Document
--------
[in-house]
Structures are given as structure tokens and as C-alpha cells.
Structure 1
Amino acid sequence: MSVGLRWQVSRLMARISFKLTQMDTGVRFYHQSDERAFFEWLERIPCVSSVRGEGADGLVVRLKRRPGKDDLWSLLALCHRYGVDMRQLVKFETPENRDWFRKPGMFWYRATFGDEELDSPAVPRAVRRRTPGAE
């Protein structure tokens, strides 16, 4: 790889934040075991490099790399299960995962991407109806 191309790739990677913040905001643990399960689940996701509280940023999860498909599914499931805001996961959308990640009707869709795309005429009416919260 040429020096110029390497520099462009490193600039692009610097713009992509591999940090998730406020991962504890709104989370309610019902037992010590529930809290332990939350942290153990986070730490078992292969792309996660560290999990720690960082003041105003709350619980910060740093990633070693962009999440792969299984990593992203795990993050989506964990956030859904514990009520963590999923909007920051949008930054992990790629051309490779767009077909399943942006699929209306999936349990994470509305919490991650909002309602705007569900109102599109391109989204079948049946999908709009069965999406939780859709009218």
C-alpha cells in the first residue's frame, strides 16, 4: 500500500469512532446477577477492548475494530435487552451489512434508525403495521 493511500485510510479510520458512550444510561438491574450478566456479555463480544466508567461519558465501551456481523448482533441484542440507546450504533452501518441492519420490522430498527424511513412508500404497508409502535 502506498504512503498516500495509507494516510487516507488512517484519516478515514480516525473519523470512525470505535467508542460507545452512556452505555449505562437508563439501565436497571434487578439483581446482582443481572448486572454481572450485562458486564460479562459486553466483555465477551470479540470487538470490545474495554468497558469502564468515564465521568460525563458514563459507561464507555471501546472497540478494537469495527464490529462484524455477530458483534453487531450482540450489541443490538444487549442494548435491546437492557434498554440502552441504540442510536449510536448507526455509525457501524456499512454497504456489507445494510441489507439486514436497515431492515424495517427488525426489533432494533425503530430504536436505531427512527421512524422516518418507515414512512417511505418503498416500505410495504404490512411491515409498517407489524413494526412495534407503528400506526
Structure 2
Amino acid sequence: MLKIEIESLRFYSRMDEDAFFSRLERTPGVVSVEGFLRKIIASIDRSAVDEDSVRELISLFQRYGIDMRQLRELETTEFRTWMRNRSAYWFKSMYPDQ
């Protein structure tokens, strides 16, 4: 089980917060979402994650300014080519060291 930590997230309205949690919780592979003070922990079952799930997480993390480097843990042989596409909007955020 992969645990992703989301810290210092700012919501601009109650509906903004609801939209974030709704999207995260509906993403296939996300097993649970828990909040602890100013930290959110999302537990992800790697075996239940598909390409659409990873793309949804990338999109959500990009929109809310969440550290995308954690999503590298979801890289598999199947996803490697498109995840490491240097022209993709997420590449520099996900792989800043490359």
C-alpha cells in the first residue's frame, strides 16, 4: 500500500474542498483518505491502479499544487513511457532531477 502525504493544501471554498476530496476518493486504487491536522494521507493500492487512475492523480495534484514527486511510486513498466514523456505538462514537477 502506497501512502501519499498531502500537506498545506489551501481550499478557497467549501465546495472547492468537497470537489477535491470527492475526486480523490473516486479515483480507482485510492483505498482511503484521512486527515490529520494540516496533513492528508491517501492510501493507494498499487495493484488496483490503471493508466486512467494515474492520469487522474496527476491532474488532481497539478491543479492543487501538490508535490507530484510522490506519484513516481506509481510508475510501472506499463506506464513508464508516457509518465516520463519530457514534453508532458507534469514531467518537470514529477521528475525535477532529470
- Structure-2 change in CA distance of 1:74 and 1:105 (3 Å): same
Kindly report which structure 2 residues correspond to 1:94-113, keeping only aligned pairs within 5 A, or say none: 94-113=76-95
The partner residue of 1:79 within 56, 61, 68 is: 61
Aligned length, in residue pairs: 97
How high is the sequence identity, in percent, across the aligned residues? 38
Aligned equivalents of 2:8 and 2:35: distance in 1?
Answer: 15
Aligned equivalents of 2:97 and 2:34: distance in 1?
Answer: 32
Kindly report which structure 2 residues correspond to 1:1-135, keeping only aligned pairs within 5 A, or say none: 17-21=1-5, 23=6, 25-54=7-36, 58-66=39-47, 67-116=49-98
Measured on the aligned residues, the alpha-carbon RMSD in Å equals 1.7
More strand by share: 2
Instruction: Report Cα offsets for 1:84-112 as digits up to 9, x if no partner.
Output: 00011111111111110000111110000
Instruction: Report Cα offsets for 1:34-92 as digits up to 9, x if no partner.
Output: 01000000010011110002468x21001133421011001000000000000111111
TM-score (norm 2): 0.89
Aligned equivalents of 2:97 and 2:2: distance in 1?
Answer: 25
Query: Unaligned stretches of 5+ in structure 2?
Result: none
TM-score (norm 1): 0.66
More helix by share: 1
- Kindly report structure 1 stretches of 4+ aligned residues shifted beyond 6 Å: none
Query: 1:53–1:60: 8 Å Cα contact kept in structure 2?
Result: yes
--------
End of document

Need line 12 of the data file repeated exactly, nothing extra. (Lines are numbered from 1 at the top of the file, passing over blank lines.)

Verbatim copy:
Kindly report which structure 2 residues correspond to 1:94-113, keeping only aligned pairs within 5 A, or say none: 94-113=76-95